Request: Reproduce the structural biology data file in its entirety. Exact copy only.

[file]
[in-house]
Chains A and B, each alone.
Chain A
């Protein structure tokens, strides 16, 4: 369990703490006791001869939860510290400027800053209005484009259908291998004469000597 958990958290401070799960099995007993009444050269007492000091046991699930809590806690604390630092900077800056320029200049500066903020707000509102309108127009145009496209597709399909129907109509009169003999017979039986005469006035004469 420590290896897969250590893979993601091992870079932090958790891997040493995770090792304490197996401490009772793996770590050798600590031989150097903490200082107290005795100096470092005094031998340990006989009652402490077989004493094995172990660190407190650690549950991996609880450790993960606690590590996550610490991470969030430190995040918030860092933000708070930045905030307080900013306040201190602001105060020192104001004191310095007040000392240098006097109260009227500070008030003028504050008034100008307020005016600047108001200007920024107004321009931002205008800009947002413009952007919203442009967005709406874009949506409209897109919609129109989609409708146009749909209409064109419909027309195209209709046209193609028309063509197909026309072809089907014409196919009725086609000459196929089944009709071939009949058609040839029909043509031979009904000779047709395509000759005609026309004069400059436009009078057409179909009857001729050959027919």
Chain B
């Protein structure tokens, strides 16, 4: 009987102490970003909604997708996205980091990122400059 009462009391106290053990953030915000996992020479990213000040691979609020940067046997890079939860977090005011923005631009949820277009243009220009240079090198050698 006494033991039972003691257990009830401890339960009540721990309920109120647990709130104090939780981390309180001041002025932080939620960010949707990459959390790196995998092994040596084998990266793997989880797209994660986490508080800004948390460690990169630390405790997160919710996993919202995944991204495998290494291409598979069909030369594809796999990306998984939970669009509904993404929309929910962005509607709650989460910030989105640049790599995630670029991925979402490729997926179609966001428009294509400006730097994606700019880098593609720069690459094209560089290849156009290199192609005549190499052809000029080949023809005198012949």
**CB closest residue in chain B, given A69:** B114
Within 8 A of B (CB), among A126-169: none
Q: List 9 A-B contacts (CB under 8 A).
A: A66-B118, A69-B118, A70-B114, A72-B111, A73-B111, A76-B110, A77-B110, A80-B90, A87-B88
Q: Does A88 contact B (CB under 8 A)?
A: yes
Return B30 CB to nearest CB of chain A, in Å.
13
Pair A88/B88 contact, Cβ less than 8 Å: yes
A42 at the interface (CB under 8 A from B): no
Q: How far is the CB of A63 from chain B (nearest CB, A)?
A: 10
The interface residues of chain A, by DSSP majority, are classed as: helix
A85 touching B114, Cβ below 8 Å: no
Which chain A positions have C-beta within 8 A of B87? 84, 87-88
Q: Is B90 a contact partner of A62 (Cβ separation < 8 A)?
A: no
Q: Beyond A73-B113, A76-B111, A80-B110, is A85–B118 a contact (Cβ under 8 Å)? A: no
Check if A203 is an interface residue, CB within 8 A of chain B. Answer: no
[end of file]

[in-house]
Chains A and B, each alone.
Chain A
């Protein structure tokens, strides 16, 4: 369990703490006791001869939860510290400027800053209005484009259908291998004469000597 958990958290401070799960099995007993009444050269007492000091046991699930809590806690604390630092900077800056320029200049500066903020707000509102309108127009145009496209597709399909129907109509009169003999017979039986005469006035004469 420590290896897969250590893979993601091992870079932090958790891997040493995770090792304490197996401490009772793996770590050798600590031989150097903490200082107290005795100096470092005094031998340990006989009652402490077989004493094995172990660190407190650690549950991996609880450790993960606690590590996550610490991470969030430190995040918030860092933000708070930045905030307080900013306040201190602001105060020192104001004191310095007040000392240098006097109260009227500070008030003028504050008034100008307020005016600047108001200007920024107004321009931002205008800009947002413009952007919203442009967005709406874009949506409209897109919609129109989609409708146009749909209409064109419909027309195209209709046209193609028309063509197909026309072809089907014409196919009725086609000459196929089944009709071939009949058609040839029909043509031979009904000779047709395509000759005609026309004069400059436009009078057409179909009857001729050959027919």
Chain B
């Protein structure tokens, strides 16, 4: 009987102490970003909604997708996205980091990122400059 009462009391106290053990953030915000996992020479990213000040691979609020940067046997890079939860977090005011923005631009949820277009243009220009240079090198050698 006494033991039972003691257990009830401890339960009540721990309920109120647990709130104090939780981390309180001041002025932080939620960010949707990459959390790196995998092994040596084998990266793997989880797209994660986490508080800004948390460690990169630390405790997160919710996993919202995944991204495998290494291409598979069909030369594809796999990306998984939970669009509904993404929309929910962005509607709650989460910030989105640049790599995630670029991925979402490729997926179609966001428009294509400006730097994606700019880098593609720069690459094209560089290849156009290199192609005549190499052809000029080949023809005198012949």
**CB closest residue in chain B, given A69:** B114
Within 8 A of B (CB), among A126-169: none
Q: List 9 A-B contacts (CB under 8 A).
A: A66-B118, A69-B118, A70-B114, A72-B111, A73-B111, A76-B110, A77-B110, A80-B90, A87-B88
Q: Does A88 contact B (CB under 8 A)?
A: yes
Return B30 CB to nearest CB of chain A, in Å.
13
Pair A88/B88 contact, Cβ less than 8 Å: yes
A42 at the interface (CB under 8 A from B): no
Q: How far is the CB of A63 from chain B (nearest CB, A)?
A: 10
The interface residues of chain A, by DSSP majority, are classed as: helix
A85 touching B114, Cβ below 8 Å: no
Which chain A positions have C-beta within 8 A of B87? 84, 87-88
Q: Is B90 a contact partner of A62 (Cβ separation < 8 A)?
A: no
Q: Beyond A73-B113, A76-B111, A80-B110, is A85–B118 a contact (Cβ under 8 Å)? A: no
Check if A203 is an interface residue, CB within 8 A of chain B. Answer: no